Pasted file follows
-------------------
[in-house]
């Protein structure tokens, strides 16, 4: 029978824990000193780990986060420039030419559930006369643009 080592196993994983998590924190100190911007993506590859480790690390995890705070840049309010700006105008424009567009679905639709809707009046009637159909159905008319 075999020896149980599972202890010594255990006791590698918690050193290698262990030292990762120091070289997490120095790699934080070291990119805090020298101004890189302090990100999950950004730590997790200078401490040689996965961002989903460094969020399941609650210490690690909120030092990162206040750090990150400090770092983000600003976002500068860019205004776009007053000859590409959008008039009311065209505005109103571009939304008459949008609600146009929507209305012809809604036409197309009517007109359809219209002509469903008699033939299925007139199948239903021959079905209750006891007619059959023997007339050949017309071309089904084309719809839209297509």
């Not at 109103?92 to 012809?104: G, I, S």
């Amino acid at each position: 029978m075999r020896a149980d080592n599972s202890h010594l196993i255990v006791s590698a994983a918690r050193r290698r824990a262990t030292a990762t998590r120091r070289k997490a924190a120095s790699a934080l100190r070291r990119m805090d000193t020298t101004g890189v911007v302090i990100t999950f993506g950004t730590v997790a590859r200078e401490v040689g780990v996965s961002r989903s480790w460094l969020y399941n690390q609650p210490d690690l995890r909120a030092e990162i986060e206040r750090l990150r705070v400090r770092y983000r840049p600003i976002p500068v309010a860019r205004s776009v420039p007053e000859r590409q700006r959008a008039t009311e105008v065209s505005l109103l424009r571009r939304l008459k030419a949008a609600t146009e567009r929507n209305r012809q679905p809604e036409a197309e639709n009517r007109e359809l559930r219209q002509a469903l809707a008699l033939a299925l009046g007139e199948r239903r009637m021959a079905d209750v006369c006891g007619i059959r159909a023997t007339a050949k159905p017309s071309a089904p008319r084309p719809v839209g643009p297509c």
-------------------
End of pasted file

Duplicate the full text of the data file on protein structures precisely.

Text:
[in-house]
């Protein structure tokens, strides 16, 4: 029978824990000193780990986060420039030419559930006369643009 080592196993994983998590924190100190911007993506590859480790690390995890705070840049309010700006105008424009567009679905639709809707009046009637159909159905008319 075999020896149980599972202890010594255990006791590698918690050193290698262990030292990762120091070289997490120095790699934080070291990119805090020298101004890189302090990100999950950004730590997790200078401490040689996965961002989903460094969020399941609650210490690690909120030092990162206040750090990150400090770092983000600003976002500068860019205004776009007053000859590409959008008039009311065209505005109103571009939304008459949008609600146009929507209305012809809604036409197309009517007109359809219209002509469903008699033939299925007139199948239903021959079905209750006891007619059959023997007339050949017309071309089904084309719809839209297509």
């Not at 109103?92 to 012809?104: G, I, S």
């Amino acid at each position: 029978m075999r020896a149980d080592n599972s202890h010594l196993i255990v006791s590698a994983a918690r050193r290698r824990a262990t030292a990762t998590r120091r070289k997490a924190a120095s790699a934080l100190r070291r990119m805090d000193t020298t101004g890189v911007v302090i990100t999950f993506g950004t730590v997790a590859r200078e401490v040689g780990v996965s961002r989903s480790w460094l969020y399941n690390q609650p210490d690690l995890r909120a030092e990162i986060e206040r750090l990150r705070v400090r770092y983000r840049p600003i976002p500068v309010a860019r205004s776009v420039p007053e000859r590409q700006r959008a008039t009311e105008v065209s505005l109103l424009r571009r939304l008459k030419a949008a609600t146009e567009r929507n209305r012809q679905p809604e036409a197309e639709n009517r007109e359809l559930r219209q002509a469903l809707a008699l033939a299925l009046g007139e199948r239903r009637m021959a079905d209750v006369c006891g007619i059959r159909a023997t007339a050949k159905p017309s071309a089904p008319r084309p719809v839209g643009p297509c």